It was a regular day in 1923 when Oliver Gingold, an employee of Dow Jones, noticed that multiple stocks were trading at $200 or more. He termed them “Blue Chip Stocks”. Since then, stocks of large corporations have come under the blue-chip stocks.
If you are an investor interested in equity investments offering low risks, blue chip may be a good option for you.
Read further to understand how a stock qualifies as a blue chip and what factors to consider before investing in these stocks.
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What are blue chip stocks?
Blue chip stocks are equity stocks of giant, well-performing corporations with financial stability and consistent financial performance. Blue chip stocks include businesses with large market capitalisation.
Features of blue chip stocks
- The primary feature of a blue chip company is its goodwill and creditworthiness. Blue chip companies are the ones that have been in the business for a long time, and they are seen as market leaders in the industry. This makes blue chip shares creditworthy.
- Since these companies are financially strong and stable, the returns on these investments are assured. The risk of payment default is rare.
- Share prices of blue chip companies do not fluctuate much. Hence, these stocks are less volatile to market conditions.
- Since price fluctuations are low, trading these stocks in the short term may not be very profitable. These investments are for the long-term to generate stable income.
- Blue chip stocks are highly liquid. They can be traded easily in the secondary market, considering the goodwill and reputation of blue chip companies.
The rationale behind blue chip investments
There are various reasons for investors to invest in blue chip stocks:
- Blue chip stocks offer higher returns than regular stocks. Since these companies perform well, their profit margins are higher which in turn helps in giving higher dividends to its investors.
- These investments are secured as the companies have been in business for very long, withstanding all economic adversities.
- Investing in blue chip stocks helps in diversifying the portfolio as they mitigate the risk of loss from other investments.
- Blue chip stocks do not have extreme reactions to economic conditions like recession. Hence, blue chip companies’ share prices are less volatile making these investments safe.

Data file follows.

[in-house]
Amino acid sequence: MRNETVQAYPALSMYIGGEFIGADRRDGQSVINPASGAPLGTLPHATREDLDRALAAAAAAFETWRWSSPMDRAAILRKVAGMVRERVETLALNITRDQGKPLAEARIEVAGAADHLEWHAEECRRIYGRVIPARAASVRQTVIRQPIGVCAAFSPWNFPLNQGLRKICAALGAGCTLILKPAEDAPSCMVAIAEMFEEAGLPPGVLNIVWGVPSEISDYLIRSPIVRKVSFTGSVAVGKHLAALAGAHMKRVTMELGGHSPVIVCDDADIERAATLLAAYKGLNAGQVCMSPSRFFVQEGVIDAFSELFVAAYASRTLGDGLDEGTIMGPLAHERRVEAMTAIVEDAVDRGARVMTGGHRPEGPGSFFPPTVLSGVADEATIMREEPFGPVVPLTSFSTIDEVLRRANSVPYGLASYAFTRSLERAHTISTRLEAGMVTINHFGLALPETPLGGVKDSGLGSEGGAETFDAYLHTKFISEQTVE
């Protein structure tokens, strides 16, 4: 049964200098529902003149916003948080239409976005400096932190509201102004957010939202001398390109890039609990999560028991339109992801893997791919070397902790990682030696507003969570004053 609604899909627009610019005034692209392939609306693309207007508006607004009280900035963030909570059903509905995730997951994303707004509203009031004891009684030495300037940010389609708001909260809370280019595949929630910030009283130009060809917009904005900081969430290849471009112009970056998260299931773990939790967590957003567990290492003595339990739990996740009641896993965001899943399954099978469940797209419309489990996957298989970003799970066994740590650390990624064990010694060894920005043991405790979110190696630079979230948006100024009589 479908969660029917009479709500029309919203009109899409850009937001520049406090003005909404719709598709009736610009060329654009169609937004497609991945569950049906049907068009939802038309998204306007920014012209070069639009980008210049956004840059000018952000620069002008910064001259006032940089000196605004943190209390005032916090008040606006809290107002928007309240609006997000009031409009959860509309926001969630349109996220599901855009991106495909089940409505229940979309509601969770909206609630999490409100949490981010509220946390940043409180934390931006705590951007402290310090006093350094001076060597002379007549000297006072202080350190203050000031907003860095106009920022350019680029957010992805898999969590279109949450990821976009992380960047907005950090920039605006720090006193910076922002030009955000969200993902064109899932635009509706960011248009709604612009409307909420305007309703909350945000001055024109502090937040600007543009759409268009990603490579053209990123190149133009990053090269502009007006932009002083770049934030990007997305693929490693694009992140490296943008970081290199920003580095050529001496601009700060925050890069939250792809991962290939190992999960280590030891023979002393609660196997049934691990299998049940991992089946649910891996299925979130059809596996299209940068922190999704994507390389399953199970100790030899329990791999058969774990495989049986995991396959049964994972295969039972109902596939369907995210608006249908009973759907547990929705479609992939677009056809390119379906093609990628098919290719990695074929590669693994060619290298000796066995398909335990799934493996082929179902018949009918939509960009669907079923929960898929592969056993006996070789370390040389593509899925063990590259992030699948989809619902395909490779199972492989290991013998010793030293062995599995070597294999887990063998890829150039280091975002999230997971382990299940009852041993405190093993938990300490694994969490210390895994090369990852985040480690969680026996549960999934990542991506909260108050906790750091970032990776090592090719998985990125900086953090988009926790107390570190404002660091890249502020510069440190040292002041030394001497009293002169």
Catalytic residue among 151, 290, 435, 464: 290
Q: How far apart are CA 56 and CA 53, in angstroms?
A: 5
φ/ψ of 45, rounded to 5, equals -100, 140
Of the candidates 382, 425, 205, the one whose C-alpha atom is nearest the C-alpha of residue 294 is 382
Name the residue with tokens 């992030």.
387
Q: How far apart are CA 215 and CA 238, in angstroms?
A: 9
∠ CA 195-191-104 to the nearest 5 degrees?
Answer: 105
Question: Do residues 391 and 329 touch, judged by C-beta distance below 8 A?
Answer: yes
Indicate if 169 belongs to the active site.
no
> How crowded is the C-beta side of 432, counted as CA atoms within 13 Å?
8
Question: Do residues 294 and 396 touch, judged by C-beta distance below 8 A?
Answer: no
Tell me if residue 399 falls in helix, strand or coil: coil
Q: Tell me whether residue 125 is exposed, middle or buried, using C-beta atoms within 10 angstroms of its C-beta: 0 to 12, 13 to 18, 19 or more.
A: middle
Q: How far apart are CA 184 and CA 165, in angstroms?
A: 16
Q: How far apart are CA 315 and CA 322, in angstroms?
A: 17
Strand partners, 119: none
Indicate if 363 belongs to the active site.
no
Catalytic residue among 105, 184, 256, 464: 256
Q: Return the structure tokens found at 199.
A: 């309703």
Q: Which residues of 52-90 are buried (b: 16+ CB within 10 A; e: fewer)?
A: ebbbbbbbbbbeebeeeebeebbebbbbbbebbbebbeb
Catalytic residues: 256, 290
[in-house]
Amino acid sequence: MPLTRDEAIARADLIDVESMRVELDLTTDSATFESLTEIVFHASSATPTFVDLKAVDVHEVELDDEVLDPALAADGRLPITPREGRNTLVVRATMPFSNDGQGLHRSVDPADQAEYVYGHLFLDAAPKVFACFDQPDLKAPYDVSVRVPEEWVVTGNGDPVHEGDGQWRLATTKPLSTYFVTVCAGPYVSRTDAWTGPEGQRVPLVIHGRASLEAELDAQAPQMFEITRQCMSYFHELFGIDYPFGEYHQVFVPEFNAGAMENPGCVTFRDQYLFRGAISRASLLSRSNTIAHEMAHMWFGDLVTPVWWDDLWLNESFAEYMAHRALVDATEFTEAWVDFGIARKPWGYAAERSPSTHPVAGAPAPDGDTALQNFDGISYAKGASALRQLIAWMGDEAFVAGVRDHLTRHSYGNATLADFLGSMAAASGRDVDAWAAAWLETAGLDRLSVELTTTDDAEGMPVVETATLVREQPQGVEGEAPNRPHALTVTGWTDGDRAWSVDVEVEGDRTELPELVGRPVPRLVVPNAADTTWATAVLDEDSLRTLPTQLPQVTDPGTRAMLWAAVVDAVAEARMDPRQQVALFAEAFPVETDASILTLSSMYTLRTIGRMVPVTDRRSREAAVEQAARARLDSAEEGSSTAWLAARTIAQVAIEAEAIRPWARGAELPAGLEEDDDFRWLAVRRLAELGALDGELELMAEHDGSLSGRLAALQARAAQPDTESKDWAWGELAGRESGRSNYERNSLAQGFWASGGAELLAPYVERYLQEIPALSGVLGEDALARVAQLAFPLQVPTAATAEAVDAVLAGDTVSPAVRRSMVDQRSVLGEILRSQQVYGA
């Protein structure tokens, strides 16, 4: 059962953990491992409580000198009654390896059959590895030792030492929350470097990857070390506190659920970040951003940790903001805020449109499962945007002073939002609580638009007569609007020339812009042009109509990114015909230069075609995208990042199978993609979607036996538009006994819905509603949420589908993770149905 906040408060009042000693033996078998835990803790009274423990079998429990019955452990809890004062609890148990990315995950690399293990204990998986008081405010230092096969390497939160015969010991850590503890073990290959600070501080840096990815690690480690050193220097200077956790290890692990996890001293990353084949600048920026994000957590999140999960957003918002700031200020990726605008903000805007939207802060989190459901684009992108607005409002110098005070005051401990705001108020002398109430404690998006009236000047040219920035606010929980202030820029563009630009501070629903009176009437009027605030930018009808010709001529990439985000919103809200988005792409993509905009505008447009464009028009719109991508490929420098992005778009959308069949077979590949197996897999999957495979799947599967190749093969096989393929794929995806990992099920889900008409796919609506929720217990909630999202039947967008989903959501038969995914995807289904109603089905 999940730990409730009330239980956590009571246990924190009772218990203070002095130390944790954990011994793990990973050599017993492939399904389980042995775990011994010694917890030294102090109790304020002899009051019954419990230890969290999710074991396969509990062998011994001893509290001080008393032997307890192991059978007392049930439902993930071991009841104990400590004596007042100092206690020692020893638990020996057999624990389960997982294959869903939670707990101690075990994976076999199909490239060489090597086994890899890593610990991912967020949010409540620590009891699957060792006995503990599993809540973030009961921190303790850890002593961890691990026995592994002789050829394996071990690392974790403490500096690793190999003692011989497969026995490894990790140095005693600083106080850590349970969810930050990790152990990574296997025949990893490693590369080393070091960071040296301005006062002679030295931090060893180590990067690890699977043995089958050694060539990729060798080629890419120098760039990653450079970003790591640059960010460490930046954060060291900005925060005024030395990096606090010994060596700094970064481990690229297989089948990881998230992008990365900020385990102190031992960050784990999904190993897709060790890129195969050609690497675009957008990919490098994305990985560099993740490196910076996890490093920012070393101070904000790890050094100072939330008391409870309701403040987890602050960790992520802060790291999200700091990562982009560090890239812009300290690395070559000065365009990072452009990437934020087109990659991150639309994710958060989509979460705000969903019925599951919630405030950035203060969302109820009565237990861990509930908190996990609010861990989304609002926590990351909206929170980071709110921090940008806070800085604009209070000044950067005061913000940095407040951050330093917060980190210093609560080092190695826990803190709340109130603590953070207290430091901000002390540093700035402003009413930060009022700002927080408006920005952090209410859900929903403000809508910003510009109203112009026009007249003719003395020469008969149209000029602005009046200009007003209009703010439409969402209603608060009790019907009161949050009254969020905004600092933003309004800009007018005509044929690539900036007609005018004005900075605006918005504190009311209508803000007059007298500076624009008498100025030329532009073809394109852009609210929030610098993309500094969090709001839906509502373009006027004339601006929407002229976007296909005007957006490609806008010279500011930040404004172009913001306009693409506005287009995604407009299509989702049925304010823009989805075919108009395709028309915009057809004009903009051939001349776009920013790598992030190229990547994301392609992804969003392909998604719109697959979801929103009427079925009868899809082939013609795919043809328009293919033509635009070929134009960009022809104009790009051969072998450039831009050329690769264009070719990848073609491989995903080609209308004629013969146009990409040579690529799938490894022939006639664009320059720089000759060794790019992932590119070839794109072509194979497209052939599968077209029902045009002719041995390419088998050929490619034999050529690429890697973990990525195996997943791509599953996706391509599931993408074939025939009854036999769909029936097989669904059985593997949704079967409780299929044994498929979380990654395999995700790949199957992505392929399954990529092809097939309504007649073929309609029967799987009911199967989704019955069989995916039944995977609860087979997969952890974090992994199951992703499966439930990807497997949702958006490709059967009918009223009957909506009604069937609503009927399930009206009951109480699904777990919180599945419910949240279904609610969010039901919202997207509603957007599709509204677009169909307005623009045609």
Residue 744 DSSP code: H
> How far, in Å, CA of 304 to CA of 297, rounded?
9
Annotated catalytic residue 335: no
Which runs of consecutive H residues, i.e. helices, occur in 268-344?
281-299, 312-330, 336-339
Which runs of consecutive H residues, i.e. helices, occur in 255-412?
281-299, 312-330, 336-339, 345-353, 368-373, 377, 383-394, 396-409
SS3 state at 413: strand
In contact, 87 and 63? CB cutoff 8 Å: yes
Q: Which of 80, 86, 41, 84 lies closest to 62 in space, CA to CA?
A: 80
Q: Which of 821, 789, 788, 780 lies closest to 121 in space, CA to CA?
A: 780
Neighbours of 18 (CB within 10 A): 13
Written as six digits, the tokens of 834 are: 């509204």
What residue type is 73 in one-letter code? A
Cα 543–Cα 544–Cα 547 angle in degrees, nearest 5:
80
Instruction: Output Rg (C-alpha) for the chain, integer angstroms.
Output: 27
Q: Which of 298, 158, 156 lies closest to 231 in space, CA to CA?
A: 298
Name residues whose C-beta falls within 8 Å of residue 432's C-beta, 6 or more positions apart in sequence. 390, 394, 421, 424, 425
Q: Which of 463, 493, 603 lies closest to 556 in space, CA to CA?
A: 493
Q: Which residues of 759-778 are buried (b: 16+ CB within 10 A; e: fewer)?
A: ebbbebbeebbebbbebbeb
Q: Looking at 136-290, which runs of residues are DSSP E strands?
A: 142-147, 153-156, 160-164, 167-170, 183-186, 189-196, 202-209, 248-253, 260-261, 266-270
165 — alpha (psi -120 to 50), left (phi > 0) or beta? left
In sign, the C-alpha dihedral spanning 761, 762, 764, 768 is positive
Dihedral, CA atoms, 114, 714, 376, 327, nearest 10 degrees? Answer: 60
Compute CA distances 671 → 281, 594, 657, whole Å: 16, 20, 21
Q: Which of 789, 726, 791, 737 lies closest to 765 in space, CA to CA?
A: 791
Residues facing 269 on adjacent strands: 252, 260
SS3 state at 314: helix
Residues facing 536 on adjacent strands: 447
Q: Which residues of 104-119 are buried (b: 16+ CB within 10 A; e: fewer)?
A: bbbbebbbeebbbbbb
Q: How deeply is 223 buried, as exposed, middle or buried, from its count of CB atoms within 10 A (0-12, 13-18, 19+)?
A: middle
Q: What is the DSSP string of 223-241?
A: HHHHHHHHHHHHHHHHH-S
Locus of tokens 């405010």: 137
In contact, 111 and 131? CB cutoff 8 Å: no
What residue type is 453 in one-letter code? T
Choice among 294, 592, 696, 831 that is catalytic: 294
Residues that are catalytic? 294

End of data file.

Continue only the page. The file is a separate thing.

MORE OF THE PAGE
- These stocks are easily tradable in the secondary market.
Risks or disadvantages of blue chip stocks
While blue chip stocks have low risks, they are not risk-free. Some of the common risks or limitations are below:
- The investment in blue chip stocks is expensive. Since these are top companies with powerful performances and financial abilities, their share prices in the market are high.
- These companies have a slower growth rate as they have already reached their peak. Generally, they continue to grow at a diminishing rate.
- Since these companies have been in the industry for long, the management with experienced employees may be resistant to economic changes. Hence, they may not be able to adapt instantly to new technologies and changes in the industry.
Top blue chip stocks in India
Business – Textiles, natural gas, telecommunication, mass media, retail, etc.
Share price – ₹2,529.40 (As of 20 Dec, 2023)
Market cap – ₹17.11 trillion
Business – IT and consulting business in the IT and consulting
Share price – ₹3,774 (As of 20 Dec, 2023)
Market cap – ₹13.68 trillion
Business – Consumer goods like food, beverages, personal care products, etc.
Share price – ₹2,554 (As of 20 Dec, 2023)
Market cap – ₹6.01 trillion
Business – Food products, beverages and confectionery.
Share price – ₹25,128 (As of 20 Dec, 2023)
Market cap – ₹2.42 trillion
Business – Banking
Share price – ₹1,644.75 (As of 20 Dec, 2023)
Market capitalisation – ₹12.57 trillion
We now have clarity on the concept of blue chip stocks and their role in mitigating risks.
However, the blue-chip stock prices being more expensive than regular shares, make it difficult for small investors to buy them in large quantities.
Though they have a component of risk, they are safer in comparison to other investments. Hence, an ideal portfolio should try to include some quantities of blue chip stocks, too.
Market capitalisation is the first criterion when looking for a blue-chip stock. Look for the top-ranking stocks by market cap and choose the ones that seem suitable upon considering other factors like financials, historical trends, current share price and more.
The term blue-chip for stocks was given by Oliver Gingold, using poker as the reference. According to the game of poker, blue chips have the highest value. Since we are talking about high-value stocks, the same term was adopted.
Growth stocks are stocks of companies whose revenues are on the rise. These companies reinvest their profits in the business and refrain from paying dividends. Investors invest in it with the hope of capital appreciation. Blue-chip stocks generally do not come under growth stocks since they are more stable and not rapid in growth.
Funds created for the purpose of investing in large-cap stocks are called mutual funds. It is an equity scheme with low risk and stable returns. These funds are suitable for investors looking for a long-term source of regular income.